Rothschild: “Yeah, Joe and I talked about it even going back to last year. This year we talked about it even more. Not only lightening the load but the pitch total during the game because he’s a guy that almost thrives on working the pitch totals and when he doesn’t have them it has an effect leading into the next start. Unlike a lot of guys where if they get a little more rest they’re more effective, he works more and throws more pitches he seems to get on rolls a lot quicker. And what happened, I think, part of this year is he didn’t do it. We didn’t let him get to that point. And then with the groin at one point and the elbow at the other we just never got to that point until towards the end and then he got on another roll when he did throw the pitches. So it’s kind of a Catch-22 with him. We do have to watch it and we’re going to probably have to watch a few guys on this staff. We’re aware of it and back off. When he had a chance to pitch with extra rest we did that. In the past he would pitch on the fifth day almost all the time.”
On Hiroki Kuroda:
Host/Jim Duquette: “Do you think there’s a high percentage chance he comes back to you guys?”
Rothschild: “I think there’s a high percentage chance that if he plays in the States he plays with the Yankees. I think he enjoyed the experience. I think his decision, to some degree, is going to be: Is this the year for him to go back to Japan? He feels like he has a debt to the team in Japan that he played for, that he would like to pitch, I think, another year for them before he retires. Whenever that comes about I think when he thinks he’s ready to do that that’s what he’s going to do. And if he’s not then I think we have a good chance to re-sign him and he’ll play for us or, you know, possibly the Dodgers. I don’t know. But I know he enjoyed New York and I think if he’s going to play in the States we’re going to have a pretty good shot at bringing him back.”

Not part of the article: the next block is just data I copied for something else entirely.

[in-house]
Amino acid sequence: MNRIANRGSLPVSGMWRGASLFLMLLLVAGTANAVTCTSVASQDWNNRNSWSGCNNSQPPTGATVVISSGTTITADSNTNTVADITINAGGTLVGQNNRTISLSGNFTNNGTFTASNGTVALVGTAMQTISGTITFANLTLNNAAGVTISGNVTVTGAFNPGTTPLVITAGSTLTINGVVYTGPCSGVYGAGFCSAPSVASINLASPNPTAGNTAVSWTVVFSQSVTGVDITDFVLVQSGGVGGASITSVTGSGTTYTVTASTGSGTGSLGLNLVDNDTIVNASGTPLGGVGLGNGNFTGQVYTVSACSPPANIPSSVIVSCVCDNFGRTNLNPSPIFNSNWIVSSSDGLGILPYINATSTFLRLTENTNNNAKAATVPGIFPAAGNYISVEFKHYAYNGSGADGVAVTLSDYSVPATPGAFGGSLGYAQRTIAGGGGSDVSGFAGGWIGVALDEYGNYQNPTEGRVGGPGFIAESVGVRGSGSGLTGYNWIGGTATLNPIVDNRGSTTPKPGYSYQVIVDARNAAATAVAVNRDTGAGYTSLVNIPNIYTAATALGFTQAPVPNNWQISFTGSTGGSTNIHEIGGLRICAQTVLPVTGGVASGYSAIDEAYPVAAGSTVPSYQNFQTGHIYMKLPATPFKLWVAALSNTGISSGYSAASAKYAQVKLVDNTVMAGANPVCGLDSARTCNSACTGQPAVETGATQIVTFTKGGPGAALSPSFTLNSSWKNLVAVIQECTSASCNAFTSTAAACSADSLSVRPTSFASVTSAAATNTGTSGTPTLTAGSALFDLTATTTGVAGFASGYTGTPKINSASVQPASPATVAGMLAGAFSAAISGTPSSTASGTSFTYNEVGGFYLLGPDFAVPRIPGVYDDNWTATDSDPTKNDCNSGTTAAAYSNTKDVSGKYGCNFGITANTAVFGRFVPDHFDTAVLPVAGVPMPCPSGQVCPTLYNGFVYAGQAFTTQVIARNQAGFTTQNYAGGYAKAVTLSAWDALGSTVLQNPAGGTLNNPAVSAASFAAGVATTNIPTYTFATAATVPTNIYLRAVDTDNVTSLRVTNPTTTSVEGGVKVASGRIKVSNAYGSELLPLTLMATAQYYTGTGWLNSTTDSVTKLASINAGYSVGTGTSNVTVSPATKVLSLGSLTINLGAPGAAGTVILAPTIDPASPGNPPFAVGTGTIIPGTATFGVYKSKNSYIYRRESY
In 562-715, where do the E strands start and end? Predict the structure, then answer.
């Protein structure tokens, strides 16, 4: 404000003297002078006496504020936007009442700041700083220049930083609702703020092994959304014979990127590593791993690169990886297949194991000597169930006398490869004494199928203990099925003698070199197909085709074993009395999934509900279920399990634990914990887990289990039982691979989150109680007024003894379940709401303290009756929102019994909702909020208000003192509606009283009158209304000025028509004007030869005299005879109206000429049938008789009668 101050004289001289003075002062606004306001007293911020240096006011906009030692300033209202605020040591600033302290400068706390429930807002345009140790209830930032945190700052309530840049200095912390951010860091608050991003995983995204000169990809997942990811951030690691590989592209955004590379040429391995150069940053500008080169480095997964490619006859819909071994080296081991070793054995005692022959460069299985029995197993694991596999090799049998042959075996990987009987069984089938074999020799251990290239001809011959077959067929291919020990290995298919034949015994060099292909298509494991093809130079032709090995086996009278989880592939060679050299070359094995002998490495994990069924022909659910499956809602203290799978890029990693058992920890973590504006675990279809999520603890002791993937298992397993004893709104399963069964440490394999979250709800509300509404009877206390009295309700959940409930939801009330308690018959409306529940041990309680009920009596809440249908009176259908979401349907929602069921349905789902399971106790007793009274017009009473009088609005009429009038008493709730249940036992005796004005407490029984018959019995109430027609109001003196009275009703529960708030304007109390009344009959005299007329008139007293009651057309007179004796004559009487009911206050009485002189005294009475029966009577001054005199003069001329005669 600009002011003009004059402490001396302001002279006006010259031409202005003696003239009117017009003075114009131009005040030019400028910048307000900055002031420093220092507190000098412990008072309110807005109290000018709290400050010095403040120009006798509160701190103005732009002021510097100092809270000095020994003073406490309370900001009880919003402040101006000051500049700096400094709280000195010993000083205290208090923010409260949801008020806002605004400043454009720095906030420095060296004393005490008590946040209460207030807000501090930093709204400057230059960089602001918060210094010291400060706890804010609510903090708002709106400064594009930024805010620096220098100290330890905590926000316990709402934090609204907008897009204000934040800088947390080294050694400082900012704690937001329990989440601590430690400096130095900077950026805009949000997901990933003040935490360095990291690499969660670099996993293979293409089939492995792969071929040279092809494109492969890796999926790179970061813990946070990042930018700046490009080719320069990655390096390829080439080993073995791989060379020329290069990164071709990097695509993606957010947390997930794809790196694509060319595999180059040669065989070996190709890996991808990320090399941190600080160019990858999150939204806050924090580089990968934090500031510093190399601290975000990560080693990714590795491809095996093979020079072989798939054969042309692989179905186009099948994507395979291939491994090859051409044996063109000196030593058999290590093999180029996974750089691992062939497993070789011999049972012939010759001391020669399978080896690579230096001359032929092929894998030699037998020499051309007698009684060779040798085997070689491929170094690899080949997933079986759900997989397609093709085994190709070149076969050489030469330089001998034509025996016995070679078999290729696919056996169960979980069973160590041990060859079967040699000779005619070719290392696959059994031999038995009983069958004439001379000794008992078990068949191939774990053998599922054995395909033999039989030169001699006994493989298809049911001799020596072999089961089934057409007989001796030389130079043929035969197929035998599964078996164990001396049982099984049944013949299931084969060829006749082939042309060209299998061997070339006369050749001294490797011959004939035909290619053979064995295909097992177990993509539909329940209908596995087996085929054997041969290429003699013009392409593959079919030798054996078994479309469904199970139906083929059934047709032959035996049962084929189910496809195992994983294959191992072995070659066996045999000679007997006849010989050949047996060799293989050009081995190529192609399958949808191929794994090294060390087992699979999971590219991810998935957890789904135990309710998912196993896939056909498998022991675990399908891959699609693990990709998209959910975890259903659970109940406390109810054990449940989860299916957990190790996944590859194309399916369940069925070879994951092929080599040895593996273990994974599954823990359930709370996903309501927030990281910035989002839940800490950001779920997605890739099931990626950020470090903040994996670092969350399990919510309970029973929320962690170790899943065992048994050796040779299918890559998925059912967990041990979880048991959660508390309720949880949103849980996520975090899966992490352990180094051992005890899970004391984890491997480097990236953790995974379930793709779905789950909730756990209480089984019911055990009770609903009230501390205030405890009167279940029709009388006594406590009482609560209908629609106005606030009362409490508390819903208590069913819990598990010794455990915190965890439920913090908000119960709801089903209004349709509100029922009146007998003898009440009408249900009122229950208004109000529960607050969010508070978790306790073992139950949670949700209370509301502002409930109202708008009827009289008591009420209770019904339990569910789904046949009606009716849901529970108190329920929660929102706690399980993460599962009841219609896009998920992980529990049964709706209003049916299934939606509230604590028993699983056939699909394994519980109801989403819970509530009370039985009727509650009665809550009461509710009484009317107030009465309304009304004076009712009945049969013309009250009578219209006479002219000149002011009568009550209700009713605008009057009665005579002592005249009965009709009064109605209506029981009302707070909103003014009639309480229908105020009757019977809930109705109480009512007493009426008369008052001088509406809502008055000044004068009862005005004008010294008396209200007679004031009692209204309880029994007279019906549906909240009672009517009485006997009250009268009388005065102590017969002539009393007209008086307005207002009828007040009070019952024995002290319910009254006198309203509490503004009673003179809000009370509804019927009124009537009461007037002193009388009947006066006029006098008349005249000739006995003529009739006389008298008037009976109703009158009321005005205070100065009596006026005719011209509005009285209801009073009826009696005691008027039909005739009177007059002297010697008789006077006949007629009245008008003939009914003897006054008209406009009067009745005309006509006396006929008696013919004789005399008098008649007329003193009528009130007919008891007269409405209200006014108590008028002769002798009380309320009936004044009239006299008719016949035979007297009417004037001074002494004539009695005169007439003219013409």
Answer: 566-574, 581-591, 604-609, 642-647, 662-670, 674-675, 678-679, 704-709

On Andy Pettitte:
Duquette: “Do you think he wants to come back to the Yanks?”
Rothschild: “Yeah, I do. But I think it’s a decision that when you get home, at the end of the year I would have told you, ‘Yes, absolutely.’ And now I think he still will but, you know, you just don’t know at this time of year. I think it is his decision again and he’ll sit down with the family and I think the family is pretty much on board with it so, yeah, I think the fires are still there. It was a freak thing, getting hit with the ball and the fracture of the bone this year. Can he hold up for 36 starts? I’m more comfortable thinking a little bit less than that. … I think effectively, if we’re smart about it, he’s going to be more effective with a few less starts than trying to push it through to 32 or 35, whatever it might be, and keep him fresher as long as we can.”